Ooops!!! That’s the general feeling we have when we mistakenly delete a file or folder which we still need. It’s happened to most of us. You delete a file and realize you need it back, you know that it can be incredibly frustrating, and it’s even more frustrating when it’s something you have been working on for days, weeks, or even months.
This guide will explain when you can get that file back and how to go about it.
First thing we do is to look around your computer system as you might have moved the file or folder to another location without realizing it. This will save you from kicking yourself going through this tutorial just to see the file/folder in your favorite cat videos folder.
How to search for a file on your computer system
You can scan your entire computer drive memory for a particular file using the name of the file or the file type, we do this by:
Step 1: Click on the windows button on the lower left edge of your desktop on windows (that is the icon in the shape of a window frame).
Step 2: You can immediately start typing in the name of your file and the search results will begin showing or if you don’t get a response you can move your cursor to the search box in the Windows Explorer or File Explorer window and click on it.
Step 3: if your file is still in your computer system you should see it as one of the results in the search dialogue (ensure you use the correct spelling of your file name). You can also use file extensions to search for all files with a particular file extension.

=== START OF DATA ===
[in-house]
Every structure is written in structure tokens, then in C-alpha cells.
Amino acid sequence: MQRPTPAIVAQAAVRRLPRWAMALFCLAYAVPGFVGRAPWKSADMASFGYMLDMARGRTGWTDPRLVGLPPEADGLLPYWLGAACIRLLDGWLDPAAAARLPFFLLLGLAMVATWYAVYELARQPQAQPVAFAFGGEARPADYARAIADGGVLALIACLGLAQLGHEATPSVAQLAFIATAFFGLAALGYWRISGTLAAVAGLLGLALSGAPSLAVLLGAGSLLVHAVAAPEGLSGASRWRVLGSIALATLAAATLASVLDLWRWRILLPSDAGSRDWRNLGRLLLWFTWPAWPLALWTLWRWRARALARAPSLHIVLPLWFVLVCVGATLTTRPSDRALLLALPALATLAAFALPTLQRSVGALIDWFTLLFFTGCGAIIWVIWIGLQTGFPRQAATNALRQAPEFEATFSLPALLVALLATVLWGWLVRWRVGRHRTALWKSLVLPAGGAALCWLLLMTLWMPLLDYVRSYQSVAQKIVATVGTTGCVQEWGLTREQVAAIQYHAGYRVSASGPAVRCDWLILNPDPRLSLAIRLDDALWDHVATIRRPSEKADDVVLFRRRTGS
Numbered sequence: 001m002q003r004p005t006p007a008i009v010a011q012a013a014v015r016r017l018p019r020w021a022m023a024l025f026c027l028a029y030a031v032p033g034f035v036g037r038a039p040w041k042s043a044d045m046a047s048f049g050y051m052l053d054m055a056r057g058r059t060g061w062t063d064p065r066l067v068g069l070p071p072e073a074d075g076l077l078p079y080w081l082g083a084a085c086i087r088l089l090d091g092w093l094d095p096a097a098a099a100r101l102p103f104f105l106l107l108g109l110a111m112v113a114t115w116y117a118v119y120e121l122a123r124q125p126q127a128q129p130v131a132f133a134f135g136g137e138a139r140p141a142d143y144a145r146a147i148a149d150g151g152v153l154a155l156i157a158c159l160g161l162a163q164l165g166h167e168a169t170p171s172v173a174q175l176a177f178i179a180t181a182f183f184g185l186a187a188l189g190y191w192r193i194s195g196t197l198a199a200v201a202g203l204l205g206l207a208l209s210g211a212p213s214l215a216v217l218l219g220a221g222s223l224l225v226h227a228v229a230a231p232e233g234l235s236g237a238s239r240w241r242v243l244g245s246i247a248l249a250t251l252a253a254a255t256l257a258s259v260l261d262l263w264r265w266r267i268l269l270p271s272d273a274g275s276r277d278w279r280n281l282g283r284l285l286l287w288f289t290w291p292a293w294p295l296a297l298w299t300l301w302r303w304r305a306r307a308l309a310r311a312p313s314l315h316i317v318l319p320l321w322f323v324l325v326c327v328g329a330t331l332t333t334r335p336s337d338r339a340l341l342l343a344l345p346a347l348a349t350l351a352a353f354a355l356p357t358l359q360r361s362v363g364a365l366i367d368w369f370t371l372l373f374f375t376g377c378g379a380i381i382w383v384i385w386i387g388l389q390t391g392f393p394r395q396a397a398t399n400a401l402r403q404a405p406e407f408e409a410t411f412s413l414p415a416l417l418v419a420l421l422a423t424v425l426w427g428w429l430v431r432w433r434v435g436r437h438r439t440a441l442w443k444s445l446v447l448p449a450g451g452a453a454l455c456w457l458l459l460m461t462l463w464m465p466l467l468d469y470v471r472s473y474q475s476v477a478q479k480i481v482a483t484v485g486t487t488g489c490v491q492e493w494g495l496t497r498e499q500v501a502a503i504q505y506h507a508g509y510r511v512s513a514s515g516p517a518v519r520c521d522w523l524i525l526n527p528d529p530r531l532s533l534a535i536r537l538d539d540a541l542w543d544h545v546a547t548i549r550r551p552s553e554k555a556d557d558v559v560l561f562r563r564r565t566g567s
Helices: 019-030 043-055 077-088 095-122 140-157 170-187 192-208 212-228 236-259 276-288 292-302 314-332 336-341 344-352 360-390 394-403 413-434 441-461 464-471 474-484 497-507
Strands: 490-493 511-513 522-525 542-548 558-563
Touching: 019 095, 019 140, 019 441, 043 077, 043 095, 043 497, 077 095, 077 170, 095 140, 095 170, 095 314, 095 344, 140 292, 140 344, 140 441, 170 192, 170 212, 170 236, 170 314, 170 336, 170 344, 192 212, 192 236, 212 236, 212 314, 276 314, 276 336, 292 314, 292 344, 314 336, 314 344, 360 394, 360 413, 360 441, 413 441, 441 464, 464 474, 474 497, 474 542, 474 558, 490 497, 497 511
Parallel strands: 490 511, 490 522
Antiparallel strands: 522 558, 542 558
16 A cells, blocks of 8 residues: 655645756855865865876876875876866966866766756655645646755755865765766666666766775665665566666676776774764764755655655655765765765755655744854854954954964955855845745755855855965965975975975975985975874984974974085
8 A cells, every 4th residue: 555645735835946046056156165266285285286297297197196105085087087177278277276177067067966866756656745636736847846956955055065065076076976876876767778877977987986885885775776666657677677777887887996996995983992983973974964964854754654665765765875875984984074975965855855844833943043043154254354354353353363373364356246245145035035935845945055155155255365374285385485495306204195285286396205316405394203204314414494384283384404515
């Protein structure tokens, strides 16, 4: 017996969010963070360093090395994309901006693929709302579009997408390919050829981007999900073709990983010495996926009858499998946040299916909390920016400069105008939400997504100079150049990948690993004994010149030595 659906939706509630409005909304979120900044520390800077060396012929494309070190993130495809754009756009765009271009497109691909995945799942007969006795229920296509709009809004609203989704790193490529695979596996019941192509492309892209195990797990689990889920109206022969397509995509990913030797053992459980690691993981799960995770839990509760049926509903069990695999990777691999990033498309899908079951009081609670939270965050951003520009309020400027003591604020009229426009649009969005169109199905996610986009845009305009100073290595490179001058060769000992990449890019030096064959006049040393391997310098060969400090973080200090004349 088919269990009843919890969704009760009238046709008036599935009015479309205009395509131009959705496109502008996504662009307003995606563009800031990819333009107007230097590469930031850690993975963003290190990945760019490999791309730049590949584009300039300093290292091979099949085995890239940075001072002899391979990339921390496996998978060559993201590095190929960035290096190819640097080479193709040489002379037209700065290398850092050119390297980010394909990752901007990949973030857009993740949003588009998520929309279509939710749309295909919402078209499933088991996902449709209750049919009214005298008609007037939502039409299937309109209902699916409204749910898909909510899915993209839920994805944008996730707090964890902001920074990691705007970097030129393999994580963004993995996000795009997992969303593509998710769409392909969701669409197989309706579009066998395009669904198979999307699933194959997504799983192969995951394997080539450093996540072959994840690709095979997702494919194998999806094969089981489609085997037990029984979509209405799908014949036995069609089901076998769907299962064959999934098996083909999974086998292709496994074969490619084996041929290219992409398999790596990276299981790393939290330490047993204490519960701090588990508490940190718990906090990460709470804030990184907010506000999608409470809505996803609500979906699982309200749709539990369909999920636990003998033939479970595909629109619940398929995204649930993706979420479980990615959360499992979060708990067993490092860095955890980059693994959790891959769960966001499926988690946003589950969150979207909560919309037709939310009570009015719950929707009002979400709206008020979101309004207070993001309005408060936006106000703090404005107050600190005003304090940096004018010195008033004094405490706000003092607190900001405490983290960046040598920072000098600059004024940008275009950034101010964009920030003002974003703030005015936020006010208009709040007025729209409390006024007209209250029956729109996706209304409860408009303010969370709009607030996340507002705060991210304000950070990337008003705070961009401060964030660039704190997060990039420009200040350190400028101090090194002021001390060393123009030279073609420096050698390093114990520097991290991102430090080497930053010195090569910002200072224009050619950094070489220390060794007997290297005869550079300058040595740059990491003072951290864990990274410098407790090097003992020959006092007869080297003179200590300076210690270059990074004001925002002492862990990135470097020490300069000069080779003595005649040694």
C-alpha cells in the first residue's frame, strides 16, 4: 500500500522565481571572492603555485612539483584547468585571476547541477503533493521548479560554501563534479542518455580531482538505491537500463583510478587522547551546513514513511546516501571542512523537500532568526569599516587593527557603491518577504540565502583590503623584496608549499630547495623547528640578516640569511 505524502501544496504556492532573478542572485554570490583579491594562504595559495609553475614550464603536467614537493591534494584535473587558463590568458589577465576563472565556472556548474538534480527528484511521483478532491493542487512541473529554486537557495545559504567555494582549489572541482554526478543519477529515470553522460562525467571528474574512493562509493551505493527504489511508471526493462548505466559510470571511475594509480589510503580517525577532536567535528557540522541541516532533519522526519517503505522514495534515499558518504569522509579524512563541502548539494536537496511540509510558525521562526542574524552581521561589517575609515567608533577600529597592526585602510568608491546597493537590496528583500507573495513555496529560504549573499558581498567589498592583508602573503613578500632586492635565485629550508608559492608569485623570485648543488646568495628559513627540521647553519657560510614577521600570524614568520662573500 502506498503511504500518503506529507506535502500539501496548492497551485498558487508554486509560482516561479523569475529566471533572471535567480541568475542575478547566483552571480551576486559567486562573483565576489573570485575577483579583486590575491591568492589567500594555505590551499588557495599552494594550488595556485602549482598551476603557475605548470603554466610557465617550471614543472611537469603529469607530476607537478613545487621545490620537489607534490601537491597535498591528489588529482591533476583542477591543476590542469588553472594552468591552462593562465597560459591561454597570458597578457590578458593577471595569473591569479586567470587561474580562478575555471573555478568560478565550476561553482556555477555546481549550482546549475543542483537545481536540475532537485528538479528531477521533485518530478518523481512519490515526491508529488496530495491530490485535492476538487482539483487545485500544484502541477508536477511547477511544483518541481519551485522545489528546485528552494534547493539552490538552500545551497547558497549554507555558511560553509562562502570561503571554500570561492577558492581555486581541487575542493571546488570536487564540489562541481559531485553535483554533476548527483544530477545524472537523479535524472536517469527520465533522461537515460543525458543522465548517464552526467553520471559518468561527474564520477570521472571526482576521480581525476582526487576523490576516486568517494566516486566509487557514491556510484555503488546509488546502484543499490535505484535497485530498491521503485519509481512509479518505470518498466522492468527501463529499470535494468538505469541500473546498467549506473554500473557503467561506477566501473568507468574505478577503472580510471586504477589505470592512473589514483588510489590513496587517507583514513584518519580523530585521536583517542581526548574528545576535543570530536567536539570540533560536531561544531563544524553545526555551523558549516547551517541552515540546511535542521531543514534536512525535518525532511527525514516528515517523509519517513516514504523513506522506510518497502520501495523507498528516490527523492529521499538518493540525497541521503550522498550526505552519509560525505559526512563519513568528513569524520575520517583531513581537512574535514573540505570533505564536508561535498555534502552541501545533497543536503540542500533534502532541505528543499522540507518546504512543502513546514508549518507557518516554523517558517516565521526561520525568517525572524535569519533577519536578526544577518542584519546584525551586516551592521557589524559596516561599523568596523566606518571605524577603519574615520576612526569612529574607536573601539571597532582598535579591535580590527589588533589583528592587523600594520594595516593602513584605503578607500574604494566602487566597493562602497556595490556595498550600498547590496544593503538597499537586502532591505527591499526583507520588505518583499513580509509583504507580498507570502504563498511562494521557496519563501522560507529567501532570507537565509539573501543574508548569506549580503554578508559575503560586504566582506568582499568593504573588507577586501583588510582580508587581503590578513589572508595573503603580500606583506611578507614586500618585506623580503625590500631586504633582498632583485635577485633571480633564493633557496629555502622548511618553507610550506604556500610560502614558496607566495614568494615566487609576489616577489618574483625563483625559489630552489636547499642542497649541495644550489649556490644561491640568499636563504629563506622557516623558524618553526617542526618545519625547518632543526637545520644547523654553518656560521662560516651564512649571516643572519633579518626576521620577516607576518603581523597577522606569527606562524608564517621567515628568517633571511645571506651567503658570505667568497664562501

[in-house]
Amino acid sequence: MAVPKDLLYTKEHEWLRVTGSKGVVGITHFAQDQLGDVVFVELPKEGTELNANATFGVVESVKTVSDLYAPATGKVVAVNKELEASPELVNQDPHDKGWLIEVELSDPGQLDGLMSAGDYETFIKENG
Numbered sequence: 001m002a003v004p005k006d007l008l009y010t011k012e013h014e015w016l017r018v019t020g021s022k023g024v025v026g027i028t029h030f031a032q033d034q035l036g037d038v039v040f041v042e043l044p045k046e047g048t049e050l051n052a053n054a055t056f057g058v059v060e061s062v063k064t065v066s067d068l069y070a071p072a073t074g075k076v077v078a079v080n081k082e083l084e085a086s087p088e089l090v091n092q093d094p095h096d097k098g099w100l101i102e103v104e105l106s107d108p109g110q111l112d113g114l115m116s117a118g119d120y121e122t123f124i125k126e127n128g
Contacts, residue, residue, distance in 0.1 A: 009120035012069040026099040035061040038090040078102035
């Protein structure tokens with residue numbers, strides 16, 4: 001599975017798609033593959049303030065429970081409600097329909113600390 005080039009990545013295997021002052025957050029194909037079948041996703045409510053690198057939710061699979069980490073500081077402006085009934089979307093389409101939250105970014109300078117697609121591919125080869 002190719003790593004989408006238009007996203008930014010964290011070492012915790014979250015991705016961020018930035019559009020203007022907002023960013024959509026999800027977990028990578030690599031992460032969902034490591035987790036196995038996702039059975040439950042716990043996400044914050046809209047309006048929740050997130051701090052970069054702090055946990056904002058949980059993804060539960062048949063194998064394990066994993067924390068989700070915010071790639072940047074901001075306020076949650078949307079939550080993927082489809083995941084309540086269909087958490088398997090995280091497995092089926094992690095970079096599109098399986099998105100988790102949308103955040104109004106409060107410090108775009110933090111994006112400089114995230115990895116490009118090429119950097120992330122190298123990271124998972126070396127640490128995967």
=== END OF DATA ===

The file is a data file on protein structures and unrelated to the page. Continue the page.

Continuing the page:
If you do not see your file or the search dialogue displays “no results found”, don’t despair just continue to our next step
Looking in the Recycle bin
Fortunately, deleting a file may not be the end of the world. In fact, in many cases the file is hiding in the recycle bin and can be easily retrieved.
Just double-click on the recycle bin or trashcan icon and you can see everything that’s inside. You can search the Recycle Bin using the search box at the top-right corner of the window, which may help if you have a lot of files in your Recycle Bin. You can also right-click in the window, point to “Sort By”, and select “Date Deleted” to view files that were recently deleted.
Did you find what you thought you had deleted? Simply drag it back onto your Desktop, and you are good to go.
Note that programs like CCleaner and Tune Up Utilities empty your Recycle Bin when you run them, so having Tune Up Utilities or a similar program automatically run in the background can prevent you from recovering files from the Recycle Bin.
If it’s not in your trashcan, then there are a number of other things you can try to recover a deleted file. One of the things you can do is to recover the file/folder from your backups (Hopefully you have been doing backups).
It is advisable to make regular backups of your most important files so you won’t lose too much critical data if they ever vanish on you and you can restore it from a backup (if you’re using Windows backup) or you can try to restore it from a previous version. Previous versions are copies of files and folders that Windows automatically saves as part of a restore point. Previous versions are sometimes referred to as shadow copies. It might be a day old, but it’s better to lose a day than lose everything.
How to Recover Deleted Files Using Backups